Above the ark hung an ornate Ner Tamid or “Eternal Light.” The Ner Tamid hangs above or stands in front of the ark in every Jewish synagogue. It is meant to represent the menorah of the Temple in Jerusalem as well as the continuously burning fire on the altar of burnt offerings in front of the Temple. It also symbolizes God’s eternal presence and is therefore never extinguished. Some are stunning works of art. I once did some Photoshop work for a glassblower who designed world-renowned glass Ner Tamids.
To the right of the stage was a large Menorah with seven brightly lit candles burning. Most Gentiles think of the Menorah as having eight branches because we usually see the Menorah around Christmastime and Hanukkah. The eight-branch Menorah is only used during Hanukkah to celebrate a miracle that happened in the second century BCE. A small band of Jewish fighters defeated the powerful Syrian-Greek army (a miracle in itself). Then when the priests returned to the Temple to light the Menorah, there was still a tiny amount of oil remaining that should have lasted no more than a day but had lasted for eight days! Hence, the nine-candle Menorah. (The ninth candle in the middle is used to light the other eight at Hanukkah every year.) The rest of the year, the seven-candle Menorah is used.
Having studied the Old Testament and the five books of Moses, I am familiar with the temple, the items within, what they symbolized and how they were used. I get chills in synagogues too because it feels familiar to me. It feels like roots. After all, we worship the same God. In history, the Jews were given the oracles of God (Hebrew: Hashem) and it was to them that Hashem revealed himself. Salvation comes through the Jews. Later on, God found fault with the Old Covenant which was not able to atone completely for sins. He said, “‘The days are coming,’ declares the Lord, ‘when I will make a new covenant with the people of Israel and with the people of Judah’” (Jeremiah 31:31). Christians believe he sent his own son, Jesus to the Jews. Born as a Jew, Jesus is the spotless, blemish-less Lamb who came to be the once and forever atonement for sins, establishing the New Covenant that God had promised. Many Jews believed in him and received him as the Messiah. But many others did not. And according to the Apostle Paul’s writings, it was because of their unbelief that we Gentiles were able to receive salvation. If the Jews were the natural olive tree, the Gentiles were the wild branches that were grafted in. (Romans 11:11-31).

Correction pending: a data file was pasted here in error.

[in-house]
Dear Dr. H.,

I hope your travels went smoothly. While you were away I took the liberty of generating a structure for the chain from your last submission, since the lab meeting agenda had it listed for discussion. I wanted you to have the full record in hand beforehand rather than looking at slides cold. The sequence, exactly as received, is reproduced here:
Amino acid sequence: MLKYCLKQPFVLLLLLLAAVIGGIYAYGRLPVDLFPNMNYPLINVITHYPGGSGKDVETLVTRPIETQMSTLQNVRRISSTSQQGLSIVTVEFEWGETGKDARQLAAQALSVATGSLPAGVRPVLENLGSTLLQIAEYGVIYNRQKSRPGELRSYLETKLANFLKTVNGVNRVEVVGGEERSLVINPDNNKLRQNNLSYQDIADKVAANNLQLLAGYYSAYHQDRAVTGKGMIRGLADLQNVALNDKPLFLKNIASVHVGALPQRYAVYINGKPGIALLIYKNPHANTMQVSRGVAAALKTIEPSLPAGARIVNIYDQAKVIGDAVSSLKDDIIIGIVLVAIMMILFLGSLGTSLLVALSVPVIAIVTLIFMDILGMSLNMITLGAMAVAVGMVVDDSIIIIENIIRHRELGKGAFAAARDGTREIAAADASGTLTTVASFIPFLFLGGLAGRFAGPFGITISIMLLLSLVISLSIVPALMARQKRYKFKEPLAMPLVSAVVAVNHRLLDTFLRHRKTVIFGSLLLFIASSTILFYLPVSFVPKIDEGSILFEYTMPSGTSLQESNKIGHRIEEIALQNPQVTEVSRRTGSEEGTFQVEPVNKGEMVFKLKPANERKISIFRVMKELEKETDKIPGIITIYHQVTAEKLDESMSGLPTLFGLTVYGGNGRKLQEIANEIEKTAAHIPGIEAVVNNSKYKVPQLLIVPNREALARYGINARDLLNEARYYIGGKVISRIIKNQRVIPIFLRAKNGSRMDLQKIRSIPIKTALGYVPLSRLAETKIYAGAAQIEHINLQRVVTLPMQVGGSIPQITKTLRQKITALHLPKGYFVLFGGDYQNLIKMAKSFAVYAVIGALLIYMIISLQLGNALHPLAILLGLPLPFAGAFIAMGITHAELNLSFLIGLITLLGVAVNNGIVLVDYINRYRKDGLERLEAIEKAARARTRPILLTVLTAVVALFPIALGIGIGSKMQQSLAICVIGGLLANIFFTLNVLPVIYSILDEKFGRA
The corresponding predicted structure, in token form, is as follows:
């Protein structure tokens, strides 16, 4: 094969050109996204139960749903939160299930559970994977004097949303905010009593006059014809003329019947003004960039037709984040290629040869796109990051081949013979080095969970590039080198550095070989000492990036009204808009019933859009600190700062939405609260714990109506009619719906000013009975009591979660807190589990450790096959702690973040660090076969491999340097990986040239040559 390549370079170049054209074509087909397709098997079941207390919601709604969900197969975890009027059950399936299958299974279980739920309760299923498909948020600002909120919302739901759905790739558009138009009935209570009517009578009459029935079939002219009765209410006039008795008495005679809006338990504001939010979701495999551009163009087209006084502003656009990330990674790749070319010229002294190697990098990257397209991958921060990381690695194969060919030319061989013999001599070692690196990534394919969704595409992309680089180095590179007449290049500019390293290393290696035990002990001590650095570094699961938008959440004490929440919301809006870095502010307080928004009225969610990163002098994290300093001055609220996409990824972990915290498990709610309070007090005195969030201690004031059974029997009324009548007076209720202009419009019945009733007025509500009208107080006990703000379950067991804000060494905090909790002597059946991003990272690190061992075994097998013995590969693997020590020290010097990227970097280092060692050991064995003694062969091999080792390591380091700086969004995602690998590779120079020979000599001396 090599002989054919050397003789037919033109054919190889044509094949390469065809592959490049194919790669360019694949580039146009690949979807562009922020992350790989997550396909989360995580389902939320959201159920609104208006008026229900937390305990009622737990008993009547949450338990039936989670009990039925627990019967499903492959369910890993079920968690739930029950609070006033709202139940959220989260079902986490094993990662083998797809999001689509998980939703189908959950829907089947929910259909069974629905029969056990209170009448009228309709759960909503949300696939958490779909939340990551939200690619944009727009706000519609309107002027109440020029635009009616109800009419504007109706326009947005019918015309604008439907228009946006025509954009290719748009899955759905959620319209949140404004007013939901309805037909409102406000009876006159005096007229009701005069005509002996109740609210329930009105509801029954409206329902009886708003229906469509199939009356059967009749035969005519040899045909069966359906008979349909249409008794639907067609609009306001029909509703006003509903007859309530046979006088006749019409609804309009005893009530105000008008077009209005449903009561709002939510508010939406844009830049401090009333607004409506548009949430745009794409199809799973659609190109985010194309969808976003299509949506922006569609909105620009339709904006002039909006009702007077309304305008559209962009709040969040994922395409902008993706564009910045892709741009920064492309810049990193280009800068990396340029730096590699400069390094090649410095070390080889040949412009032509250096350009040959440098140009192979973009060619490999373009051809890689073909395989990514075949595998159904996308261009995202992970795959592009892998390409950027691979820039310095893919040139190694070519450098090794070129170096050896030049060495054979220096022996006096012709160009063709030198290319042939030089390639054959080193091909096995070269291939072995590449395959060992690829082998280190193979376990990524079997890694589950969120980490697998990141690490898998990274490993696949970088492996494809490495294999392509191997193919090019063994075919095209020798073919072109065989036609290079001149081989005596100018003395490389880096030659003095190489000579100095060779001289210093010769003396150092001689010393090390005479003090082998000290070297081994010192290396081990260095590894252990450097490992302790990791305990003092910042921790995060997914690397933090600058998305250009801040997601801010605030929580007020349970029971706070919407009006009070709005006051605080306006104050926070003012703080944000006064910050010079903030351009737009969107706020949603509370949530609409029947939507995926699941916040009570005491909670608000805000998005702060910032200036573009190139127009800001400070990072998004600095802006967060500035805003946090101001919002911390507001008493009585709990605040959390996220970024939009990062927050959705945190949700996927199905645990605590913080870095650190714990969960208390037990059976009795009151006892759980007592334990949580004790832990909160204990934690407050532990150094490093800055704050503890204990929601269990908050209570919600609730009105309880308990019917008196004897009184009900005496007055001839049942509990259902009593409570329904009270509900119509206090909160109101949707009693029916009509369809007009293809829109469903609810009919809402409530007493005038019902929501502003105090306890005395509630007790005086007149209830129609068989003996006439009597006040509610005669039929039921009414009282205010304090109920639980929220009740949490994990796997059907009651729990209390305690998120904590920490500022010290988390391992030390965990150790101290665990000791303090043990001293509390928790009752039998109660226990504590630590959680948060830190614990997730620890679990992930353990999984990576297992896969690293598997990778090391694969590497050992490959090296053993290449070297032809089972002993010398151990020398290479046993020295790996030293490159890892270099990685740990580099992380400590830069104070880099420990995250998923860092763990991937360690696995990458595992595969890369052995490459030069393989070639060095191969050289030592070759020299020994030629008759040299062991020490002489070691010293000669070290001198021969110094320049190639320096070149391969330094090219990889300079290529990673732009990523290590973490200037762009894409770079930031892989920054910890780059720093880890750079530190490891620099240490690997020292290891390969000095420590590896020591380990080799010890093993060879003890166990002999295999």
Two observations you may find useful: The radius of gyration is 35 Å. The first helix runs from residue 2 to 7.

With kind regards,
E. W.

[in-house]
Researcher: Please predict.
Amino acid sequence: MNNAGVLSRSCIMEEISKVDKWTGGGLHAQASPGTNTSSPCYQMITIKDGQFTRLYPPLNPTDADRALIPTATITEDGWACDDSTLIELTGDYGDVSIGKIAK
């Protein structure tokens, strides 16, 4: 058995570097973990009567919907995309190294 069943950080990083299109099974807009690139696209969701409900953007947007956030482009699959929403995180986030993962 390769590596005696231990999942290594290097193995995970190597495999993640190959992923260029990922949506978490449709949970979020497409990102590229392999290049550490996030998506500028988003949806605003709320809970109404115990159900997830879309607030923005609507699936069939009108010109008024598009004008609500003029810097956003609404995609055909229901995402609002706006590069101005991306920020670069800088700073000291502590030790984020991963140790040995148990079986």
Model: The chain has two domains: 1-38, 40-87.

Back to the synagogue. It was divided down the middle by 15 frosted glass pieces etched with Torah scenes which formed a barrier between the two sides. On one side sat the women, on the other were the men, most wearing a Tallit or prayer shawl. The men prayed out loud during some parts, or shouted “Amen!” or sang along with the Rabbi. The women sang only during a few parts.
When you’ve never been to a place of worship for another religion before, you try to pay close attention to what they are doing so you do not look like a cretin—sitting down when they are standing up, looking around when they are bowing their heads, etc. I had to do the same thing at John Michael Talbot’s Monastery in Arkansas. It was a monastic Catholic service and there was a lot of standing, sitting and kneeling in an unearthly quiet setting. Much of it was spoken in Latin. My stomach was growling loudly which made me so nervous I was sweating. Only cretins have stomachs that growl in holy places.
Above everything else, one must remain quiet and respectful. I learned this rule growing up in church where talking, whispering and—God forbid—laughing was severely frowned upon but apparently, when you get into your elderly years, you forget how to whisper (probably because your own hearing has gotten so bad), and the Be Quiet Rule gets thrown out the window. Every so often, usually in the middle of the Rabbi’s prayers, Madame Renée would lean over to me and speak out loud, not whisper, something that popped into her mind.
“I saw my friends from Minnesota yesterday.”
“When we were children, we could not attend services like this. We were too afraid! They were driving the Jews out of Spain at the time…”
“Do you want some water?”
“It’s very cold in here!”